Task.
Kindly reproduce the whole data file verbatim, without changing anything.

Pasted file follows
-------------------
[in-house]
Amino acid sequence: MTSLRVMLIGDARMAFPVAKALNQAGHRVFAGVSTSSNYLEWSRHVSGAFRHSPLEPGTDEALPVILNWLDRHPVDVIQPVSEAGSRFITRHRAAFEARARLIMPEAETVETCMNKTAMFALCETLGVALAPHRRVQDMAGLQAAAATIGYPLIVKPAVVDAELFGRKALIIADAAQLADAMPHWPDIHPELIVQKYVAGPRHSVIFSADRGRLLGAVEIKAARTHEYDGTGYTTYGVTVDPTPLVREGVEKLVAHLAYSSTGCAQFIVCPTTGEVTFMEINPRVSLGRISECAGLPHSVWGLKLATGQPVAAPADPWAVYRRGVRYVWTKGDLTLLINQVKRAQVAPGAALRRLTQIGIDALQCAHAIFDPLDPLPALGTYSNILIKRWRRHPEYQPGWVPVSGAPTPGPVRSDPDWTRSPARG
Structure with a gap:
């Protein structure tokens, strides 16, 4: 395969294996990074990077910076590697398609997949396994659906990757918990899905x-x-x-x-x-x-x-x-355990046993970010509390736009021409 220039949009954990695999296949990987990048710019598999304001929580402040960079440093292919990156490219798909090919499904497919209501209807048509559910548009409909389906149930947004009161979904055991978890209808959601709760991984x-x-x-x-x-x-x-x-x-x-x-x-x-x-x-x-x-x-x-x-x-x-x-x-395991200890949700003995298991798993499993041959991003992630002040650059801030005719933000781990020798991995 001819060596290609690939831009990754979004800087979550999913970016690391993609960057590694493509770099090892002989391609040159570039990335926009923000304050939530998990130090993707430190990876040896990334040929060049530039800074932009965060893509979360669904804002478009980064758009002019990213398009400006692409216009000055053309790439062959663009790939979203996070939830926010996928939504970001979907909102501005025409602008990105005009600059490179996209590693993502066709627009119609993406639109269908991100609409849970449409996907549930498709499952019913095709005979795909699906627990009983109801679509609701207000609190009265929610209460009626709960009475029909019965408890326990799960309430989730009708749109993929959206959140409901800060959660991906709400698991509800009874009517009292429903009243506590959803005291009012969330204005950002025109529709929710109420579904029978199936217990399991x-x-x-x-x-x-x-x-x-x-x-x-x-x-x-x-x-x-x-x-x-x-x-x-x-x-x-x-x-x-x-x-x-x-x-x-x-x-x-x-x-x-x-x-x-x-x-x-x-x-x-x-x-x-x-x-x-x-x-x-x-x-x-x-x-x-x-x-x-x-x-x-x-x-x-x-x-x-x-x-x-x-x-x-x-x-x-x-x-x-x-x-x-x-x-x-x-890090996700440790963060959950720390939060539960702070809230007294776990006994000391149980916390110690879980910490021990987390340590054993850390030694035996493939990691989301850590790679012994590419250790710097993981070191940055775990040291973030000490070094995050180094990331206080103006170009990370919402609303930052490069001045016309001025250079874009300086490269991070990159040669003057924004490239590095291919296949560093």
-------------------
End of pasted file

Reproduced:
[in-house]
Amino acid sequence: MTSLRVMLIGDARMAFPVAKALNQAGHRVFAGVSTSSNYLEWSRHVSGAFRHSPLEPGTDEALPVILNWLDRHPVDVIQPVSEAGSRFITRHRAAFEARARLIMPEAETVETCMNKTAMFALCETLGVALAPHRRVQDMAGLQAAAATIGYPLIVKPAVVDAELFGRKALIIADAAQLADAMPHWPDIHPELIVQKYVAGPRHSVIFSADRGRLLGAVEIKAARTHEYDGTGYTTYGVTVDPTPLVREGVEKLVAHLAYSSTGCAQFIVCPTTGEVTFMEINPRVSLGRISECAGLPHSVWGLKLATGQPVAAPADPWAVYRRGVRYVWTKGDLTLLINQVKRAQVAPGAALRRLTQIGIDALQCAHAIFDPLDPLPALGTYSNILIKRWRRHPEYQPGWVPVSGAPTPGPVRSDPDWTRSPARG
Structure with a gap:
């Protein structure tokens, strides 16, 4: 395969294996990074990077910076590697398609997949396994659906990757918990899905x-x-x-x-x-x-x-x-355990046993970010509390736009021409 220039949009954990695999296949990987990048710019598999304001929580402040960079440093292919990156490219798909090919499904497919209501209807048509559910548009409909389906149930947004009161979904055991978890209808959601709760991984x-x-x-x-x-x-x-x-x-x-x-x-x-x-x-x-x-x-x-x-x-x-x-x-395991200890949700003995298991798993499993041959991003992630002040650059801030005719933000781990020798991995 001819060596290609690939831009990754979004800087979550999913970016690391993609960057590694493509770099090892002989391609040159570039990335926009923000304050939530998990130090993707430190990876040896990334040929060049530039800074932009965060893509979360669904804002478009980064758009002019990213398009400006692409216009000055053309790439062959663009790939979203996070939830926010996928939504970001979907909102501005025409602008990105005009600059490179996209590693993502066709627009119609993406639109269908991100609409849970449409996907549930498709499952019913095709005979795909699906627990009983109801679509609701207000609190009265929610209460009626709960009475029909019965408890326990799960309430989730009708749109993929959206959140409901800060959660991906709400698991509800009874009517009292429903009243506590959803005291009012969330204005950002025109529709929710109420579904029978199936217990399991x-x-x-x-x-x-x-x-x-x-x-x-x-x-x-x-x-x-x-x-x-x-x-x-x-x-x-x-x-x-x-x-x-x-x-x-x-x-x-x-x-x-x-x-x-x-x-x-x-x-x-x-x-x-x-x-x-x-x-x-x-x-x-x-x-x-x-x-x-x-x-x-x-x-x-x-x-x-x-x-x-x-x-x-x-x-x-x-x-x-x-x-x-x-x-x-x-890090996700440790963060959950720390939060539960702070809230007294776990006994000391149980916390110690879980910490021990987390340590054993850390030694035996493939990691989301850590790679012994590419250790710097993981070191940055775990040291973030000490070094995050180094990331206080103006170009990370919402609303930052490069001045016309001025250079874009300086490269991070990159040669003057924004490239590095291919296949560093």